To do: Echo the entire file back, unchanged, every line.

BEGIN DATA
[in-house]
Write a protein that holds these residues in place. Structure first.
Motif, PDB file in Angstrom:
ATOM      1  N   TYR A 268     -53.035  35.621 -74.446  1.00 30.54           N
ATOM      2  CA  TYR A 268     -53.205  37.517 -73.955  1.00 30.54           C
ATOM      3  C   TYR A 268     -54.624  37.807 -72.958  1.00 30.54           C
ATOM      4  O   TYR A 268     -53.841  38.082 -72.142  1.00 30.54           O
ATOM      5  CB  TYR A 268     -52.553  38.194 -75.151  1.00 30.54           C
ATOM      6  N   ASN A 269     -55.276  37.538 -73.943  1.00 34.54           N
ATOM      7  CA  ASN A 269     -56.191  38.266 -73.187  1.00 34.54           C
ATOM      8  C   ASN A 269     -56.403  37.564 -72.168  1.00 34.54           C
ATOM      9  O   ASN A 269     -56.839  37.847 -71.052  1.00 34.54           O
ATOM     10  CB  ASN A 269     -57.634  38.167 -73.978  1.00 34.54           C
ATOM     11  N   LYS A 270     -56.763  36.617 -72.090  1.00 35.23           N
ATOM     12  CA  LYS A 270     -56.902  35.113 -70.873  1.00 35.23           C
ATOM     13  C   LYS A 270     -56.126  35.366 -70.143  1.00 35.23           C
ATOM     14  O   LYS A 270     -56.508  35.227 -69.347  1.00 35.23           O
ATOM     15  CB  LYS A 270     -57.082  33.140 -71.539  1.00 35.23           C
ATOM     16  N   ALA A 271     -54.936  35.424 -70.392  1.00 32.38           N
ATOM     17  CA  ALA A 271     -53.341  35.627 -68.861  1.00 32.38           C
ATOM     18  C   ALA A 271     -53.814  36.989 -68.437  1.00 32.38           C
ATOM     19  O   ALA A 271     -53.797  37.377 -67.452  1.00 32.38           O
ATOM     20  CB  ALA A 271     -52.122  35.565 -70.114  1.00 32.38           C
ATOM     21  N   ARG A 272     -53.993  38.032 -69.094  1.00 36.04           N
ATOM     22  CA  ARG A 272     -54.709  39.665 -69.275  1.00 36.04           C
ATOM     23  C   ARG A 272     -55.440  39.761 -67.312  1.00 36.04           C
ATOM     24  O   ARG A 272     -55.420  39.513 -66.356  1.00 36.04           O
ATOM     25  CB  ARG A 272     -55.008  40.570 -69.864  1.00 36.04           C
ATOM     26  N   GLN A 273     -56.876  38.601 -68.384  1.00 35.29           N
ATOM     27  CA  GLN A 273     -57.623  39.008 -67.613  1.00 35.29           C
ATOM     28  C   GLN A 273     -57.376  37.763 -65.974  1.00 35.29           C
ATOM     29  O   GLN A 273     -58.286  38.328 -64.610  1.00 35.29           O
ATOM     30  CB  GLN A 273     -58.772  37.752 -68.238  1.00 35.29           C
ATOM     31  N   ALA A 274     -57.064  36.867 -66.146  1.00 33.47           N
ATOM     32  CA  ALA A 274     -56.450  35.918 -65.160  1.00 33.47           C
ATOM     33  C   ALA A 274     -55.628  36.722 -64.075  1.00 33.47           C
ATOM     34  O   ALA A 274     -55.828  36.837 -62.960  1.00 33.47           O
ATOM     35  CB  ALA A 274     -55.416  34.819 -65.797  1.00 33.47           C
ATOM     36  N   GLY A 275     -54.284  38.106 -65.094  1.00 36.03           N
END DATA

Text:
[in-house]
Write a protein that holds these residues in place. Structure first.
Motif, PDB file in Angstrom:
ATOM      1  N   TYR A 268     -53.035  35.621 -74.446  1.00 30.54           N
ATOM      2  CA  TYR A 268     -53.205  37.517 -73.955  1.00 30.54           C
ATOM      3  C   TYR A 268     -54.624  37.807 -72.958  1.00 30.54           C
ATOM      4  O   TYR A 268     -53.841  38.082 -72.142  1.00 30.54           O
ATOM      5  CB  TYR A 268     -52.553  38.194 -75.151  1.00 30.54           C
ATOM      6  N   ASN A 269     -55.276  37.538 -73.943  1.00 34.54           N
ATOM      7  CA  ASN A 269     -56.191  38.266 -73.187  1.00 34.54           C
ATOM      8  C   ASN A 269     -56.403  37.564 -72.168  1.00 34.54           C
ATOM      9  O   ASN A 269     -56.839  37.847 -71.052  1.00 34.54           O
ATOM     10  CB  ASN A 269     -57.634  38.167 -73.978  1.00 34.54           C
ATOM     11  N   LYS A 270     -56.763  36.617 -72.090  1.00 35.23           N
ATOM     12  CA  LYS A 270     -56.902  35.113 -70.873  1.00 35.23           C
ATOM     13  C   LYS A 270     -56.126  35.366 -70.143  1.00 35.23           C
ATOM     14  O   LYS A 270     -56.508  35.227 -69.347  1.00 35.23           O
ATOM     15  CB  LYS A 270     -57.082  33.140 -71.539  1.00 35.23           C
ATOM     16  N   ALA A 271     -54.936  35.424 -70.392  1.00 32.38           N
ATOM     17  CA  ALA A 271     -53.341  35.627 -68.861  1.00 32.38           C
ATOM     18  C   ALA A 271     -53.814  36.989 -68.437  1.00 32.38           C
ATOM     19  O   ALA A 271     -53.797  37.377 -67.452  1.00 32.38           O
ATOM     20  CB  ALA A 271     -52.122  35.565 -70.114  1.00 32.38           C
ATOM     21  N   ARG A 272     -53.993  38.032 -69.094  1.00 36.04           N
ATOM     22  CA  ARG A 272     -54.709  39.665 -69.275  1.00 36.04           C
ATOM     23  C   ARG A 272     -55.440  39.761 -67.312  1.00 36.04           C
ATOM     24  O   ARG A 272     -55.420  39.513 -66.356  1.00 36.04           O
ATOM     25  CB  ARG A 272     -55.008  40.570 -69.864  1.00 36.04           C
ATOM     26  N   GLN A 273     -56.876  38.601 -68.384  1.00 35.29           N
ATOM     27  CA  GLN A 273     -57.623  39.008 -67.613  1.00 35.29           C
ATOM     28  C   GLN A 273     -57.376  37.763 -65.974  1.00 35.29           C
ATOM     29  O   GLN A 273     -58.286  38.328 -64.610  1.00 35.29           O
ATOM     30  CB  GLN A 273     -58.772  37.752 -68.238  1.00 35.29           C
ATOM     31  N   ALA A 274     -57.064  36.867 -66.146  1.00 33.47           N
ATOM     32  CA  ALA A 274     -56.450  35.918 -65.160  1.00 33.47           C
ATOM     33  C   ALA A 274     -55.628  36.722 -64.075  1.00 33.47           C
ATOM     34  O   ALA A 274     -55.828  36.837 -62.960  1.00 33.47           O
ATOM     35  CB  ALA A 274     -55.416  34.819 -65.797  1.00 33.47           C
ATOM     36  N   GLY A 275     -54.284  38.106 -65.094  1.00 36.03           N